“If one hears it, one is
liberated simply by not disbelieving. . . .”

The Tibetan Book of the Dead

Each day we broadcast to Tibet. This past spring the Tibetan Information Network said, “A major political education campaign now being carried out in Tibet is reported by some sources to be an attempt to counteract the effectiveness” of our Voice of America Tibetan-language broadcasts. “ Scores of Chinese and Tibetan officials,” it was said, “have been sent to rural reigons to spend up to four months giving political education on the benefits of socialism.”

Reportedly, officials complained that the villagers didn’t listen to Chinese TV and radio news, but knew VOA’s broadcast time and frequencies and, not surprisingly, knew “all about the activities of the Dalai Lama.” Commenting on the villagers’ backwardness, one Chinese official said they “fold their hands while listening as if someone is going to give them something.”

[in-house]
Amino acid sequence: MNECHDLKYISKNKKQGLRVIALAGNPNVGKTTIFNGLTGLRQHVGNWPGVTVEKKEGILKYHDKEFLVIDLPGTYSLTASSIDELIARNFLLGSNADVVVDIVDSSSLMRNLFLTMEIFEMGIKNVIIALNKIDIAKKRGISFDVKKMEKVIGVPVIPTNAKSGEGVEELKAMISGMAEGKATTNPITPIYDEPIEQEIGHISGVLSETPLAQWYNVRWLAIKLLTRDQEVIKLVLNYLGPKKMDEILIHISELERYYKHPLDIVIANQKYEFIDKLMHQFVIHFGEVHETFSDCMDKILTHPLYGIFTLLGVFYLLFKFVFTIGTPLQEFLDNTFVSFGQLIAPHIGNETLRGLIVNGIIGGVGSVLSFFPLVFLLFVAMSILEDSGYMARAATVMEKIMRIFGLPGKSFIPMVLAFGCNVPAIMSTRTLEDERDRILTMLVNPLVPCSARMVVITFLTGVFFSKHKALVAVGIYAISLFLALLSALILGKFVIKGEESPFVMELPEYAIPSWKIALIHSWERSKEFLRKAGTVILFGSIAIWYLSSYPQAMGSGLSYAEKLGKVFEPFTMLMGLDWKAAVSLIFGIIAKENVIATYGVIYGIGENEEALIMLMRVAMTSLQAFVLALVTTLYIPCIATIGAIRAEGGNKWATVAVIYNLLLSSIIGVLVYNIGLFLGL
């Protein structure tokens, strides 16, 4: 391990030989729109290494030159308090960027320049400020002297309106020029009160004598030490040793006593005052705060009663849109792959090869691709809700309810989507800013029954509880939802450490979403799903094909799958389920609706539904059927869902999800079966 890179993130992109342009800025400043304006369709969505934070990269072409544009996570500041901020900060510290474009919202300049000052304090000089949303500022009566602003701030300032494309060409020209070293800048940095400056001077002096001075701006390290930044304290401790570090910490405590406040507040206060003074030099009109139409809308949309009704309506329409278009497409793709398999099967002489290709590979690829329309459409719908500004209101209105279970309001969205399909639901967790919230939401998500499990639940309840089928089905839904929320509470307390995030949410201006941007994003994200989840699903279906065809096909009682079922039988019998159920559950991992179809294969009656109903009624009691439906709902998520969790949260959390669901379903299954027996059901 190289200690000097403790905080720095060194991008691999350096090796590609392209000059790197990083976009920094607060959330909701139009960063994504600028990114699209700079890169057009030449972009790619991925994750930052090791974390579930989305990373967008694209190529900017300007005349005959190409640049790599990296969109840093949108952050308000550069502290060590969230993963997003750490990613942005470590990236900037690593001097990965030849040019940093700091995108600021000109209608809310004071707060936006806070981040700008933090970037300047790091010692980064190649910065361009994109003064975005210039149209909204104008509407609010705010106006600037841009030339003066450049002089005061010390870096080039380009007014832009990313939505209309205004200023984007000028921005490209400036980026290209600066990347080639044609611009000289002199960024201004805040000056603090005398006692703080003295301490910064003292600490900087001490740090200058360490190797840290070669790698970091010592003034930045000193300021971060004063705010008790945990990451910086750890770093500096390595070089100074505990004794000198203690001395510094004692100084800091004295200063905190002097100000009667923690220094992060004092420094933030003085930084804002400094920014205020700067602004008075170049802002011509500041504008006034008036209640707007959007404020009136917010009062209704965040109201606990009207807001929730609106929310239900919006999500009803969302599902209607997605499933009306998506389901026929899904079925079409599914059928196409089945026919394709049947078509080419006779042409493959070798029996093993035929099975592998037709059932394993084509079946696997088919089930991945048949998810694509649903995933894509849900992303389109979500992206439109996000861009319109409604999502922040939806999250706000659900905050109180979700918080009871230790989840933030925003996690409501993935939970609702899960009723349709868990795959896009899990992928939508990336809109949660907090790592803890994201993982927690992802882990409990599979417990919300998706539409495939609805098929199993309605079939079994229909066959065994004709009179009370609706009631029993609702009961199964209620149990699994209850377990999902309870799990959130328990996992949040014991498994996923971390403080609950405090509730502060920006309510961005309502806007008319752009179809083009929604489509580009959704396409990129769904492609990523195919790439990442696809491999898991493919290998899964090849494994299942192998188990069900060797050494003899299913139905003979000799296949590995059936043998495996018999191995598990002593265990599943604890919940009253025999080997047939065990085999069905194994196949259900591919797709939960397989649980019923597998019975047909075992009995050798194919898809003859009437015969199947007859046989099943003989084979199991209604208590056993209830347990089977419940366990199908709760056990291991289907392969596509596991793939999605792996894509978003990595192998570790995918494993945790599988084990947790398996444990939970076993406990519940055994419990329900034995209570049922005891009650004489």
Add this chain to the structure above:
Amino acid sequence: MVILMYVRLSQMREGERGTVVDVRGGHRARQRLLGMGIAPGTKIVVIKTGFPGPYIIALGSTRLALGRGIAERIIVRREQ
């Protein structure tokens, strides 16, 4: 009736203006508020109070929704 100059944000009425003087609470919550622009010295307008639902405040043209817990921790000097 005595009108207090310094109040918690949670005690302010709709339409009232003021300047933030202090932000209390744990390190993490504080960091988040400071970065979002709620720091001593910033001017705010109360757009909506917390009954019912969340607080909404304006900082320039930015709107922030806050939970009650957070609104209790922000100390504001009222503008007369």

There is irony in this. The official’s communist ideaology is an outdated scientism, a cargo cult awaiting unseen historical forces. Yet he ciriticised the Buddhist villagers’ reverence for the radio. Where in the views of Marx, Lenin or Mao is there anything like the cosmological flights of the ancient Buddhist scriptures? The Perfection of Wisdom contains wild seeds of imagination that resonate within modern scientific ideas-relativity, space travel, recursive structures, lasers, holograms, virtual reality, telecommunication, signal encryption. That is one reason why Tietan villagers fold their hands in front of their shortwave sets.

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